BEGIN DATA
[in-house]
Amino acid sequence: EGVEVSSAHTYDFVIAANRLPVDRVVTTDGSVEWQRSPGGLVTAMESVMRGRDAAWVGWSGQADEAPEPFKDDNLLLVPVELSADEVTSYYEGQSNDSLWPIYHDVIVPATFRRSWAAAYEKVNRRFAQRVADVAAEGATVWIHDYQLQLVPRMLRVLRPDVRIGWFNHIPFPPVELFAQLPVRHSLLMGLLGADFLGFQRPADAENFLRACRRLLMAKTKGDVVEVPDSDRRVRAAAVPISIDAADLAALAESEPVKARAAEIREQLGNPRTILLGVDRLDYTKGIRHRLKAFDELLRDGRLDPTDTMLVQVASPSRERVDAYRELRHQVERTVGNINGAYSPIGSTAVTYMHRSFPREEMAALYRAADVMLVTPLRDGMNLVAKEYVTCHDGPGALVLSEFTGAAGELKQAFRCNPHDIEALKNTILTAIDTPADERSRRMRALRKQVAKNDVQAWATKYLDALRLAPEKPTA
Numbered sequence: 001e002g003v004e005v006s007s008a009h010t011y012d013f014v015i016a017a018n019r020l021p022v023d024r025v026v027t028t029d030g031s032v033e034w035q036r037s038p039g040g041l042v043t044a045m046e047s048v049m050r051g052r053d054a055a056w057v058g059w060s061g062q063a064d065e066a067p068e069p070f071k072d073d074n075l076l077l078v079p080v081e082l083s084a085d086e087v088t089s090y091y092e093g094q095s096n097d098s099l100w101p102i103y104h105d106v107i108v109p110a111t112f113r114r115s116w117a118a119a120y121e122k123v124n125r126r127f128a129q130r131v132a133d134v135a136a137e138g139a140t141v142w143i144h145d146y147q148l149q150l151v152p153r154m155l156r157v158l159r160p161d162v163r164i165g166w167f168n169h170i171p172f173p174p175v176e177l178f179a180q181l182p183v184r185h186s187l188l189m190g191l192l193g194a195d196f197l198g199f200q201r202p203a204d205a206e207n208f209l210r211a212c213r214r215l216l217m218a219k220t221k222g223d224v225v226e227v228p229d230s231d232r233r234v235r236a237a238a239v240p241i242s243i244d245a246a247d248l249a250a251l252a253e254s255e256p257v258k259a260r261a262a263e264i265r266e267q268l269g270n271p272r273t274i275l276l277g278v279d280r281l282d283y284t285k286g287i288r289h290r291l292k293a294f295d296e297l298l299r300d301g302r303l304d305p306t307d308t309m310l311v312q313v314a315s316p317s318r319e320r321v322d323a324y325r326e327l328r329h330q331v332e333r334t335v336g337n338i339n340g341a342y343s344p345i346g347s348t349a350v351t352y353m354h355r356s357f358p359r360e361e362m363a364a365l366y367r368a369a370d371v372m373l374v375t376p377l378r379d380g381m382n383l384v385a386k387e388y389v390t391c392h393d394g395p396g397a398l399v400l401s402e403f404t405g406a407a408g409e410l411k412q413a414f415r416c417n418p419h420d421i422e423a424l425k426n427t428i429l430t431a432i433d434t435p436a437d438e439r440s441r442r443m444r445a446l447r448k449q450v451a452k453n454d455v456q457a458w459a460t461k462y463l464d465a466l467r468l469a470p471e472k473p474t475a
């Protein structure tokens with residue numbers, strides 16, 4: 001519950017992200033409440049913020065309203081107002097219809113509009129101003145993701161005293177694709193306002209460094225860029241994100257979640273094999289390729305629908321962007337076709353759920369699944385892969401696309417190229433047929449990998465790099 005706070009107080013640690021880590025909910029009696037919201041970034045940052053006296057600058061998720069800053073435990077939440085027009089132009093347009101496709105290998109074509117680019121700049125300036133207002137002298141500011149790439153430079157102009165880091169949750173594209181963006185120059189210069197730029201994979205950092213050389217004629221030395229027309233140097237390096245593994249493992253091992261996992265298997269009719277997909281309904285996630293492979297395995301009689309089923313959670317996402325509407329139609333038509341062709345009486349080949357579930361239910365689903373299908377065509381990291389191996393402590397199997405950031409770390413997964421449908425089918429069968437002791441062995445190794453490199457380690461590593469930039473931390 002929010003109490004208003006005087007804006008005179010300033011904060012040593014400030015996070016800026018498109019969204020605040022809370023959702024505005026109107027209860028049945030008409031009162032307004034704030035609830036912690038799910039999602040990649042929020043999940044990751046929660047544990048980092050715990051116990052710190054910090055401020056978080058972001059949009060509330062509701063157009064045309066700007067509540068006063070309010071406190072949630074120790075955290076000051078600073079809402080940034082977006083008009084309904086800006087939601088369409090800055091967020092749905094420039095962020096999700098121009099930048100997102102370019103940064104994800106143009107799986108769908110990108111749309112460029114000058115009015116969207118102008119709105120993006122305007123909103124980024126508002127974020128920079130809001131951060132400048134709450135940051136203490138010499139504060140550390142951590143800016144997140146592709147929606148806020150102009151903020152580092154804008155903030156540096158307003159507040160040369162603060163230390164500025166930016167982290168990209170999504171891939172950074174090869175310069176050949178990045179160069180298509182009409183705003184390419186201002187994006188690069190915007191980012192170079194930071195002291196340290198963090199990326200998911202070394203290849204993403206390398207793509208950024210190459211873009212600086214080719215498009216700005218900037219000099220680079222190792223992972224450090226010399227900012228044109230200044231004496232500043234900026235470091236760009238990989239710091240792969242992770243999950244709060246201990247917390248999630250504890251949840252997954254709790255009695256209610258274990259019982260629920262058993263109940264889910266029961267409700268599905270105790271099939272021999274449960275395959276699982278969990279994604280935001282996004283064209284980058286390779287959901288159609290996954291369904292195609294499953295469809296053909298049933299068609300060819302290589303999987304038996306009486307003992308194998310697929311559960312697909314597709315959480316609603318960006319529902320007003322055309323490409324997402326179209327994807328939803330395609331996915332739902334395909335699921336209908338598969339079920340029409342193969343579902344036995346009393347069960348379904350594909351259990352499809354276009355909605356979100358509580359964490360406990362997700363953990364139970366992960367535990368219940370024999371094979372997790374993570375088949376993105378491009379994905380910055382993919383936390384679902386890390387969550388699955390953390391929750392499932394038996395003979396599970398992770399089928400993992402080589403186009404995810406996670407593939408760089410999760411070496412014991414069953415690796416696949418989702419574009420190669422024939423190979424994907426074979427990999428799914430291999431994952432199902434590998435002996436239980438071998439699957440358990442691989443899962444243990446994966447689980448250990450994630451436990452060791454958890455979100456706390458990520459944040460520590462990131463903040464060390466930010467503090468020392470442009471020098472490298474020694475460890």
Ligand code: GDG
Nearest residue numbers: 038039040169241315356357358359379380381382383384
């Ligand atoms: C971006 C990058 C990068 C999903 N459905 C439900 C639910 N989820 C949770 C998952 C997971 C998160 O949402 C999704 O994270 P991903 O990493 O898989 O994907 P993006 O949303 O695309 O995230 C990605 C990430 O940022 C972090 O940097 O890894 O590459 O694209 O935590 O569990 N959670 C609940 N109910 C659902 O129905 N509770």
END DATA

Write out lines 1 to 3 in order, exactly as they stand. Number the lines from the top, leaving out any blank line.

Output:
[in-house]
Amino acid sequence: EGVEVSSAHTYDFVIAANRLPVDRVVTTDGSVEWQRSPGGLVTAMESVMRGRDAAWVGWSGQADEAPEPFKDDNLLLVPVELSADEVTSYYEGQSNDSLWPIYHDVIVPATFRRSWAAAYEKVNRRFAQRVADVAAEGATVWIHDYQLQLVPRMLRVLRPDVRIGWFNHIPFPPVELFAQLPVRHSLLMGLLGADFLGFQRPADAENFLRACRRLLMAKTKGDVVEVPDSDRRVRAAAVPISIDAADLAALAESEPVKARAAEIREQLGNPRTILLGVDRLDYTKGIRHRLKAFDELLRDGRLDPTDTMLVQVASPSRERVDAYRELRHQVERTVGNINGAYSPIGSTAVTYMHRSFPREEMAALYRAADVMLVTPLRDGMNLVAKEYVTCHDGPGALVLSEFTGAAGELKQAFRCNPHDIEALKNTILTAIDTPADERSRRMRALRKQVAKNDVQAWATKYLDALRLAPEKPTA
Numbered sequence: 001e002g003v004e005v006s007s008a009h010t011y012d013f014v015i016a017a018n019r020l021p022v023d024r025v026v027t028t029d030g031s032v033e034w035q036r037s038p039g040g041l042v043t044a045m046e047s048v049m050r051g052r053d054a055a056w057v058g059w060s061g062q063a064d065e066a067p068e069p070f071k072d073d074n075l076l077l078v079p080v081e082l083s084a085d086e087v088t089s090y091y092e093g094q095s096n097d098s099l100w101p102i103y104h105d106v107i108v109p110a111t112f113r114r115s116w117a118a119a120y121e122k123v124n125r126r127f128a129q130r131v132a133d134v135a136a137e138g139a140t141v142w143i144h145d146y147q148l149q150l151v152p153r154m155l156r157v158l159r160p161d162v163r164i165g166w167f168n169h170i171p172f173p174p175v176e177l178f179a180q181l182p183v184r185h186s187l188l189m190g191l192l193g194a195d196f197l198g199f200q201r202p203a204d205a206e207n208f209l210r211a212c213r214r215l216l217m218a219k220t221k222g223d224v225v226e227v228p229d230s231d232r233r234v235r236a237a238a239v240p241i242s243i244d245a246a247d248l249a250a251l252a253e254s255e256p257v258k259a260r261a262a263e264i265r266e267q268l269g270n271p272r273t274i275l276l277g278v279d280r281l282d283y284t285k286g287i288r289h290r291l292k293a294f295d296e297l298l299r300d301g302r303l304d305p306t307d308t309m310l311v312q313v314a315s316p317s318r319e320r321v322d323a324y325r326e327l328r329h330q331v332e333r334t335v336g337n338i339n340g341a342y343s344p345i346g347s348t349a350v351t352y353m354h355r356s357f358p359r360e361e362m363a364a365l366y367r368a369a370d371v372m373l374v375t376p377l378r379d380g381m382n383l384v385a386k387e388y389v390t391c392h393d394g395p396g397a398l399v400l401s402e403f404t405g406a407a408g409e410l411k412q413a414f415r416c417n418p419h420d421i422e423a424l425k426n427t428i429l430t431a432i433d434t435p436a437d438e439r440s441r442r443m444r445a446l447r448k449q450v451a452k453n454d455v456q457a458w459a460t461k462y463l464d465a466l467r468l469a470p471e472k473p474t475a